Infertility and Fertility Treatment
Infertility is defined as a male’s or female’s inability or reduced biological ability to contribute to the conception of a child. More commonly, it is defined as the inability to become pregnant after 12 months of intercourse without birth control. Infertility may also refer to a woman’s inability to carry a pregnancy to full term.
Infertility affects about 1 in every of couples in their reproductive age. In the US, approx. 7% of married couples in which the woman was of reproductive age (2.1 million) reported they were not able to get pregnant after trying for one year (2002 National Survey of Family Growth).
In some cases, both the man and woman may be sub-fertile. In other cases, each partner is each fertile but the couple cannot conceive together without assistance. In approx. 1/3rd of the cases, the male is infertile, in 1/3rd the female is infertile, and in 1/3rd, it can be either one of them, or the cause is unknown. In about 15% of cases, investigation will show no abnormalities which can be detected by current methods.
Egg quality is also of critical importance, especially for women of advanced maternal age. Or it may be a question of the egg not being released at the optimum time for fertilization, or the sperm not being able to reach the egg, or fertilization may fail to occur.
If you are trying to get pregnant, and are considering a fertility treatment, don’t opt immediately for the most advanced and expensive Fertility Treatments, such as IVF, thinking you’ll get pregnant faster.
You have a number of Fertility Treatments available, which include: fertility drugs, surgery, IVF, GIFT, ZIFT, donor eggs, and surrogacy. In 85% to 95% of cases, Infertility can be treated with conventional Fertility Treatments, such as drug treatment. These solutions are more affordable and less invasive than some of the other options.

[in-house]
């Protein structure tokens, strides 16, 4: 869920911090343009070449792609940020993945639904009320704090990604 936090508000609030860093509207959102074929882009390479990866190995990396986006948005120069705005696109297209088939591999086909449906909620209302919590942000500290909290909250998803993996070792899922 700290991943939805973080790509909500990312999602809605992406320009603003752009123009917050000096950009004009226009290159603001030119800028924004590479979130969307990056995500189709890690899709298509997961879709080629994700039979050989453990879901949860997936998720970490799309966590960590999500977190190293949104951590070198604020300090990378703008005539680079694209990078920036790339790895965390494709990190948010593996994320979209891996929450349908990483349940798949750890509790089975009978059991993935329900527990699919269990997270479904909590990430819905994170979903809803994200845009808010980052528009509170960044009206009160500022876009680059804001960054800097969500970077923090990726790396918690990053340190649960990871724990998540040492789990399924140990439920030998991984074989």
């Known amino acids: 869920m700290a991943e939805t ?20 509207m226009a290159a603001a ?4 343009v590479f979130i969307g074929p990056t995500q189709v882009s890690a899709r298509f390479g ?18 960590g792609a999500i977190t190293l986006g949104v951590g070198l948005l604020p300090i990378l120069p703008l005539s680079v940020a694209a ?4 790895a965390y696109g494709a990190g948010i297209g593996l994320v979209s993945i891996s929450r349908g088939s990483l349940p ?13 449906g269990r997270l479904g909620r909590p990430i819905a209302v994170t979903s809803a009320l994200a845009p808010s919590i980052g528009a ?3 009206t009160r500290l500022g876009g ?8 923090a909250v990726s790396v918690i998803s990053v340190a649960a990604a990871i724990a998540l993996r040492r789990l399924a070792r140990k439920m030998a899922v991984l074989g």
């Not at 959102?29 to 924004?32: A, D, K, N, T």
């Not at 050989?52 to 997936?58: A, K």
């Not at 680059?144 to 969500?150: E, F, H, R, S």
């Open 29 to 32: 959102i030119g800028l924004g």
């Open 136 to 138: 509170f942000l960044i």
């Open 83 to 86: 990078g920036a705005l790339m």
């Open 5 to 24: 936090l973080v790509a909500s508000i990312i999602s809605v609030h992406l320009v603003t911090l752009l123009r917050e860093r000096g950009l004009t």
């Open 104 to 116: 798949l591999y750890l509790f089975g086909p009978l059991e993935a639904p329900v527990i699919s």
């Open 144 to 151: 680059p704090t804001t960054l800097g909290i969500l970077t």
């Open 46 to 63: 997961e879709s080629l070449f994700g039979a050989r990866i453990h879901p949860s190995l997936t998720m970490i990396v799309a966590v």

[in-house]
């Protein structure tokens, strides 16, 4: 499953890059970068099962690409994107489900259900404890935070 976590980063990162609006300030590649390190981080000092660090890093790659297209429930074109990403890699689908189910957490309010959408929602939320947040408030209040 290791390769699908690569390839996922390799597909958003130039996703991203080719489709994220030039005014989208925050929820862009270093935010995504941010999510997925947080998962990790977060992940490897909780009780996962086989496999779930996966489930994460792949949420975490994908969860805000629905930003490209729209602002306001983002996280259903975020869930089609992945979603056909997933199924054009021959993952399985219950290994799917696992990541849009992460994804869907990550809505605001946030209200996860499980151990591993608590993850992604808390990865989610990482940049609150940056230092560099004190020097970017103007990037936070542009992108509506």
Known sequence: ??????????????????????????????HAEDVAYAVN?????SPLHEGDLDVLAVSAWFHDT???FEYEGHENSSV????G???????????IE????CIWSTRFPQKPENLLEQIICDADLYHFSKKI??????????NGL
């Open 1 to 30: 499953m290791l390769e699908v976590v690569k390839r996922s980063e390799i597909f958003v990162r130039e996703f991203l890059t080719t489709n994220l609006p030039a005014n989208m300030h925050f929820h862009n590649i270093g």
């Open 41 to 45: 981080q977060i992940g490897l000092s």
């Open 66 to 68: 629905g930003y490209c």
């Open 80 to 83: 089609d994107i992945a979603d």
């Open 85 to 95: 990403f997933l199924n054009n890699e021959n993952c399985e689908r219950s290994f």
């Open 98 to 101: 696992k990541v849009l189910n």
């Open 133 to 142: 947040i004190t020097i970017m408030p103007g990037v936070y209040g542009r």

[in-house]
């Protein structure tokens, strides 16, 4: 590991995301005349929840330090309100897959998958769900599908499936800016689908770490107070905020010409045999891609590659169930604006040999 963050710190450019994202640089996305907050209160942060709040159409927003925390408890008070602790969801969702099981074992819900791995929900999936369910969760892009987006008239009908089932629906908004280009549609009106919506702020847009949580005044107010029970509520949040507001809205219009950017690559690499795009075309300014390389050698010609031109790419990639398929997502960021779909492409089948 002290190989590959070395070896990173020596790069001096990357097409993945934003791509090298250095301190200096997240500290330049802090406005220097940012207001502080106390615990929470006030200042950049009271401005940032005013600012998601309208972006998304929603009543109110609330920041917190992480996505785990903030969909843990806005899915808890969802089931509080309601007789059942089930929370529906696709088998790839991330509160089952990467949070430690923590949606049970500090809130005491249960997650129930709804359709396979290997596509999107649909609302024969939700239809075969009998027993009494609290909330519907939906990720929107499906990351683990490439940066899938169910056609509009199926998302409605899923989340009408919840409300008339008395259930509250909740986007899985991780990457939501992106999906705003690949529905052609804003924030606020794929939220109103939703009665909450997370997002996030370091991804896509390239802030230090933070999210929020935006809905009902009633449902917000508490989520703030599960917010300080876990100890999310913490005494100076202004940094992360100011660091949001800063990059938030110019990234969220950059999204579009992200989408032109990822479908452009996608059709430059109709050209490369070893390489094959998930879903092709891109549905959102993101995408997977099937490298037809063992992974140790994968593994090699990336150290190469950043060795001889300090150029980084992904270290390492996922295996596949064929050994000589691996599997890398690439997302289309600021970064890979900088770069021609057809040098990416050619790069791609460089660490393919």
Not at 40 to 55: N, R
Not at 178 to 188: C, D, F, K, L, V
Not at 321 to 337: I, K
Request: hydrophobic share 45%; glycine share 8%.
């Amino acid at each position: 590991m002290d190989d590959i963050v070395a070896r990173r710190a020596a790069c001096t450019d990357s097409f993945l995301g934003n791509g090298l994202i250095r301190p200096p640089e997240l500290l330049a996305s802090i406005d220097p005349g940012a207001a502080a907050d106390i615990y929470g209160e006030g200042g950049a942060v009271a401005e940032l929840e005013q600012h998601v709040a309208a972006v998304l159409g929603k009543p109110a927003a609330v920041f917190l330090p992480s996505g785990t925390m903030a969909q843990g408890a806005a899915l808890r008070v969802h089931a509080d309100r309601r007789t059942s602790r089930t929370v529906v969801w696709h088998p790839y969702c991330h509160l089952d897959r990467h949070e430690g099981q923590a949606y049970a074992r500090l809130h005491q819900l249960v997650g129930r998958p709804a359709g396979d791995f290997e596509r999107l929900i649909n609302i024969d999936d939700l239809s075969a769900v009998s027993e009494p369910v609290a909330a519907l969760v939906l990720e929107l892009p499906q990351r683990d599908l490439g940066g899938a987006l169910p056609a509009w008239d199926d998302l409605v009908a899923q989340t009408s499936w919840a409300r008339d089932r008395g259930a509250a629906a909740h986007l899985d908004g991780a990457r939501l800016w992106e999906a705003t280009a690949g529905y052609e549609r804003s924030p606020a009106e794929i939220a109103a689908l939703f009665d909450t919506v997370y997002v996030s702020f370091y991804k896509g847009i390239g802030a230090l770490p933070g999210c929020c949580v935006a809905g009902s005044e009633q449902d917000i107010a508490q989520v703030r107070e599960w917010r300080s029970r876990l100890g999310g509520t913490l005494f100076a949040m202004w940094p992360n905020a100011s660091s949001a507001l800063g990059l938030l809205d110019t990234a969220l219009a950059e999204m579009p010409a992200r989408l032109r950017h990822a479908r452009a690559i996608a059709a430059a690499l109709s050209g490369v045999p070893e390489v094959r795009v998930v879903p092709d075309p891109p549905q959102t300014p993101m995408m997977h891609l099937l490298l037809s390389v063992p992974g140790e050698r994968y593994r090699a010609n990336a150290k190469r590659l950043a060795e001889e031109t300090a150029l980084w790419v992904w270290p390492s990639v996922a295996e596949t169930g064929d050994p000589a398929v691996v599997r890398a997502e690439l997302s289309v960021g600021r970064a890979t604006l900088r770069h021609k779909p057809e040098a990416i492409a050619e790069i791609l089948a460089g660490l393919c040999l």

Here’s an overview of your Fertility Treatment options, ranked from the least to the most invasive:
Fertility drugs: These drugs can help get a female’s or males reproductive system and hormones in balance.
Artificial Insemination: Sometimes the male’s sperm needs help getting to the female’s egg. Placing a dose of sperm in your uterus at the proper time will improve one’s chances of getting pregnant.
Surgery: Some women have blocked fallopian tubes, endometriosis, fibroids, or ovarian cysts, or genetic defects. A minor surgery, performed with a laparoscope (a fiber-thin tube) can help diagnose the problem. However, more extensive surgery may be required.
Assisted Reproductive Technology (ART): ART can involve the hi-tech In Vitro Fertilization (IVF) or Intracytoplasmic Sperm Injection (ICSI), or in rarer cases, GIFT or ZIFT. In Vitro Fertilization (IVF) is a major treatment in infertility when other methods of ART have failed. It involves surgically removing eggs (ova) from a woman’s ovaries, fertilizing them with sperm in the laboratory, and returning them to the woman’s body. Both Zygote Intrafallopian Transfer and Gamete Intrafallopian Transfer are ART procedures, which involve removing the woman’s eggs, mixing them with the male’s sperm , and implanting them in the woman’s Fallopian tubes. With ZIFT, fertilization takes place outside the body, and with GIFT, fertilization takes place inside the body. Intracytoplasmic Sperm Injection (ICSI) is a procedure in which a single sperm (especially donor sperm) is injected directly into an egg.
Egg Donation: Occasionally, a woman may require to use a egg donor, depending on her age, and egg quality.